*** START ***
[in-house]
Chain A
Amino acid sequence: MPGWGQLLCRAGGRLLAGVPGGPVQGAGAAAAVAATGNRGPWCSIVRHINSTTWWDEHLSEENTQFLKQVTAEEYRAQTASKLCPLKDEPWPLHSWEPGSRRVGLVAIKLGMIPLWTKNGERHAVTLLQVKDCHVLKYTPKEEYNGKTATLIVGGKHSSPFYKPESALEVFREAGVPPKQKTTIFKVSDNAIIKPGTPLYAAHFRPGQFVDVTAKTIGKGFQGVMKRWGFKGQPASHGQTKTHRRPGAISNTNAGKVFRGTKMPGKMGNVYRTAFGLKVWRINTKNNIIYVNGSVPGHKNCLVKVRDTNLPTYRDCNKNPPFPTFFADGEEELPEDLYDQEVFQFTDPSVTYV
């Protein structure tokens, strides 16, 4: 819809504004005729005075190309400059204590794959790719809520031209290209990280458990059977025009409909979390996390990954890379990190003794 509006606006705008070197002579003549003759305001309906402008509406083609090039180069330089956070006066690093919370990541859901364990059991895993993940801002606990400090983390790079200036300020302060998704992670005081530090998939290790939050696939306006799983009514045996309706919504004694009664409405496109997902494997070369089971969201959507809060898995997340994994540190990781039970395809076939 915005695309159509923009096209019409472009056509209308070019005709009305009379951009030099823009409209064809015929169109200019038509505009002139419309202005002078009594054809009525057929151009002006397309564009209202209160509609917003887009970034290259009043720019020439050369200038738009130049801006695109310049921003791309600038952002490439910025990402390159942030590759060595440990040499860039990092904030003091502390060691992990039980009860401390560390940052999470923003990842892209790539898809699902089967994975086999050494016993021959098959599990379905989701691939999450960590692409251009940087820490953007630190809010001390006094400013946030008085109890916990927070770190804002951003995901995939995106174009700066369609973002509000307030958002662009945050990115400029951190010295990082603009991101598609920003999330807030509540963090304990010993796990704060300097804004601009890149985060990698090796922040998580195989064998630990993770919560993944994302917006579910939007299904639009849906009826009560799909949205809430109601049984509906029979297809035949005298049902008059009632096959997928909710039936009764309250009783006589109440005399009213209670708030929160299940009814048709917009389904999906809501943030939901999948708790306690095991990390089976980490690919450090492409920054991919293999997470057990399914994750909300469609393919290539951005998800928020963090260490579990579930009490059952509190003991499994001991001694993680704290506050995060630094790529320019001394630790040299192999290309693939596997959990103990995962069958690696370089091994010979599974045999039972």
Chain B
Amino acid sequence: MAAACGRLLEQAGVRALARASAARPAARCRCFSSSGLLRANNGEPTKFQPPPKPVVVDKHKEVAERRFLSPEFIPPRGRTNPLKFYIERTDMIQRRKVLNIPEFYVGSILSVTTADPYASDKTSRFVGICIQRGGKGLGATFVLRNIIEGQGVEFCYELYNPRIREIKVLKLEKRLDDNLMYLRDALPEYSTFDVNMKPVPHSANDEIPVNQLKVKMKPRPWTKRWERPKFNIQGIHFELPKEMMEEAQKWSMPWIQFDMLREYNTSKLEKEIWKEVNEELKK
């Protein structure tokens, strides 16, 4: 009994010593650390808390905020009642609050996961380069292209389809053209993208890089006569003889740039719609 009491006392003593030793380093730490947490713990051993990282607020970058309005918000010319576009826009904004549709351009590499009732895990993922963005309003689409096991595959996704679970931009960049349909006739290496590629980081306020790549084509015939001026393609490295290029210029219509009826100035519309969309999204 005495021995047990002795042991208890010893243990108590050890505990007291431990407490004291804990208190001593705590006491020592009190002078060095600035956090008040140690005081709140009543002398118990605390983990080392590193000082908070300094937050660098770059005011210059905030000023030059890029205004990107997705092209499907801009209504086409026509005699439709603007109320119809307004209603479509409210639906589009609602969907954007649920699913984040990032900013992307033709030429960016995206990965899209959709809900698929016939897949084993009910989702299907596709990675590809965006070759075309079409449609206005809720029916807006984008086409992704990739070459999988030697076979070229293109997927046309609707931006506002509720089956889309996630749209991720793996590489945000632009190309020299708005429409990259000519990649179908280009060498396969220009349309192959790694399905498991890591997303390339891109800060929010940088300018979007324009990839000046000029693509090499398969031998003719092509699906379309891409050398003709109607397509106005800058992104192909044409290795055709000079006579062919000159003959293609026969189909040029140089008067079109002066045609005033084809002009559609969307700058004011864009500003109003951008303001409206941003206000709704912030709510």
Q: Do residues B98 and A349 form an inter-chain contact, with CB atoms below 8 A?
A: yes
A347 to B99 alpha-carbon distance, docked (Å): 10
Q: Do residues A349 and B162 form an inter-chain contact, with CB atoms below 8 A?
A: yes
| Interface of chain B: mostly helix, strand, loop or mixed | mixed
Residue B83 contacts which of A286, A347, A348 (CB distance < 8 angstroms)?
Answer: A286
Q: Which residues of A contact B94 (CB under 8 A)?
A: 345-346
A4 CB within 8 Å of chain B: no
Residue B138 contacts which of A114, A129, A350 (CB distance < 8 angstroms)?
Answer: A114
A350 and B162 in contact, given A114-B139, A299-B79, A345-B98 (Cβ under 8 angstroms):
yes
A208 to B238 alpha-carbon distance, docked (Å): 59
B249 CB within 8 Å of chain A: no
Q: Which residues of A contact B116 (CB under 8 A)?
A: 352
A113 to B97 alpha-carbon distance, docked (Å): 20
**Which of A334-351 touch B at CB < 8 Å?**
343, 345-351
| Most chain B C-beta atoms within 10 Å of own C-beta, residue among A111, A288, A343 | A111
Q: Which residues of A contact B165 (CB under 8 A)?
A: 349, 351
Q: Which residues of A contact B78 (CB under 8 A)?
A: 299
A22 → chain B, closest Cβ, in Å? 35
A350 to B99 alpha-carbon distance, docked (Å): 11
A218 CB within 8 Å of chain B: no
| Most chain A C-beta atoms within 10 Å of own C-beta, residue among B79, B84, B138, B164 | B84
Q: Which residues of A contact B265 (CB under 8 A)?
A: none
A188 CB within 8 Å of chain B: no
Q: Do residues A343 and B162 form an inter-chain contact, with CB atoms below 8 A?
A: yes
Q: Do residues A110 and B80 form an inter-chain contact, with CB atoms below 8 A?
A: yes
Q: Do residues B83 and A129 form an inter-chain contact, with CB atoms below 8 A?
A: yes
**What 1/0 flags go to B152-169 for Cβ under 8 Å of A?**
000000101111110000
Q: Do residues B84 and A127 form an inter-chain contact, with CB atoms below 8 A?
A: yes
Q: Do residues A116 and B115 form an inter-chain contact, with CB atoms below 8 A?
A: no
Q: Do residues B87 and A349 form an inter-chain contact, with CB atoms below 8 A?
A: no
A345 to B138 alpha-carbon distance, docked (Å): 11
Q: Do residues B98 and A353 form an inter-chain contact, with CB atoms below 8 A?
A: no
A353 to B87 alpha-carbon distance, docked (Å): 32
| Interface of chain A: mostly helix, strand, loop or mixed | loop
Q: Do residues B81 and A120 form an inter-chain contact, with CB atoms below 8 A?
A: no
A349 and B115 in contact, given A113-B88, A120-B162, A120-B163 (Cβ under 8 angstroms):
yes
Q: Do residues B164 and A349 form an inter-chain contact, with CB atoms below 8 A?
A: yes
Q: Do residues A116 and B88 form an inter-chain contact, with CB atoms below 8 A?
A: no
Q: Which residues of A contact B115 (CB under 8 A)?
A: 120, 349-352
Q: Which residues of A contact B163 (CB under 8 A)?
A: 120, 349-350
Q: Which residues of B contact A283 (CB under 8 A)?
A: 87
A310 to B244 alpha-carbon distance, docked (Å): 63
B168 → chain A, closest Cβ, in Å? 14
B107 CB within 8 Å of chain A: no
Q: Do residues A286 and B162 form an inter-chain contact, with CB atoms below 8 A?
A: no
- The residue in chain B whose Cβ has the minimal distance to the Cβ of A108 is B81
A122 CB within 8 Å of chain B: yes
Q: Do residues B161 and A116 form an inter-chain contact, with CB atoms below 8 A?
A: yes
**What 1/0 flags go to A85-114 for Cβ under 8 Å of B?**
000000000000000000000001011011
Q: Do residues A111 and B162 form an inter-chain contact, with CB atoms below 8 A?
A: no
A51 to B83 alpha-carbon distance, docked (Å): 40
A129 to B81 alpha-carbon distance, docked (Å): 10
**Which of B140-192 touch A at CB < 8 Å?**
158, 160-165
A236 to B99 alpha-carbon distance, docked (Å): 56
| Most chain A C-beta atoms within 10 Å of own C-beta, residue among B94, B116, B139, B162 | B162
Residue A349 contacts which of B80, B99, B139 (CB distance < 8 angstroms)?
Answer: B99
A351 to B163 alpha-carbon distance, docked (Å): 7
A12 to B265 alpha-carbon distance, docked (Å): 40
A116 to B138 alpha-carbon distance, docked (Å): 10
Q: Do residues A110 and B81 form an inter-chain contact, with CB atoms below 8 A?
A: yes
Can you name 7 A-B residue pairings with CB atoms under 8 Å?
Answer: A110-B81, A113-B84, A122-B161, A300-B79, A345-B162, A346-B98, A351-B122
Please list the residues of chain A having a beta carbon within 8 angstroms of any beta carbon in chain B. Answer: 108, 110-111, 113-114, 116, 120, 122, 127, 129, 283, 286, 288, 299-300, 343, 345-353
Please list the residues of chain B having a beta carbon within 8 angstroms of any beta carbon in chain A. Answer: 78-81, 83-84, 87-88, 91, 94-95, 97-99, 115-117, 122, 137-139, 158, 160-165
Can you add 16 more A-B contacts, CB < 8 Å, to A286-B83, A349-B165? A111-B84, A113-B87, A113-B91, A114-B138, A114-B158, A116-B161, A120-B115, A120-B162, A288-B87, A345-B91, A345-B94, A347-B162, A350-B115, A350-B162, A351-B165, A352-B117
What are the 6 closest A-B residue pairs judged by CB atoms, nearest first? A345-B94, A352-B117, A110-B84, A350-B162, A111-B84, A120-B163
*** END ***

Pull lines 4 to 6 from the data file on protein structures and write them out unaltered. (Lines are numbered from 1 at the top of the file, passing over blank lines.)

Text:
């Protein structure tokens, strides 16, 4: 819809504004005729005075190309400059204590794959790719809520031209290209990280458990059977025009409909979390996390990954890379990190003794 509006606006705008070197002579003549003759305001309906402008509406083609090039180069330089956070006066690093919370990541859901364990059991895993993940801002606990400090983390790079200036300020302060998704992670005081530090998939290790939050696939306006799983009514045996309706919504004694009664409405496109997902494997070369089971969201959507809060898995997340994994540190990781039970395809076939 915005695309159509923009096209019409472009056509209308070019005709009305009379951009030099823009409209064809015929169109200019038509505009002139419309202005002078009594054809009525057929151009002006397309564009209202209160509609917003887009970034290259009043720019020439050369200038738009130049801006695109310049921003791309600038952002490439910025990402390159942030590759060595440990040499860039990092904030003091502390060691992990039980009860401390560390940052999470923003990842892209790539898809699902089967994975086999050494016993021959098959599990379905989701691939999450960590692409251009940087820490953007630190809010001390006094400013946030008085109890916990927070770190804002951003995901995939995106174009700066369609973002509000307030958002662009945050990115400029951190010295990082603009991101598609920003999330807030509540963090304990010993796990704060300097804004601009890149985060990698090796922040998580195989064998630990993770919560993944994302917006579910939007299904639009849906009826009560799909949205809430109601049984509906029979297809035949005298049902008059009632096959997928909710039936009764309250009783006589109440005399009213209670708030929160299940009814048709917009389904999906809501943030939901999948708790306690095991990390089976980490690919450090492409920054991919293999997470057990399914994750909300469609393919290539951005998800928020963090260490579990579930009490059952509190003991499994001991001694993680704290506050995060630094790529320019001394630790040299192999290309693939596997959990103990995962069958690696370089091994010979599974045999039972």
Chain B
Amino acid sequence: MAAACGRLLEQAGVRALARASAARPAARCRCFSSSGLLRANNGEPTKFQPPPKPVVVDKHKEVAERRFLSPEFIPPRGRTNPLKFYIERTDMIQRRKVLNIPEFYVGSILSVTTADPYASDKTSRFVGICIQRGGKGLGATFVLRNIIEGQGVEFCYELYNPRIREIKVLKLEKRLDDNLMYLRDALPEYSTFDVNMKPVPHSANDEIPVNQLKVKMKPRPWTKRWERPKFNIQGIHFELPKEMMEEAQKWSMPWIQFDMLREYNTSKLEKEIWKEVNEELKK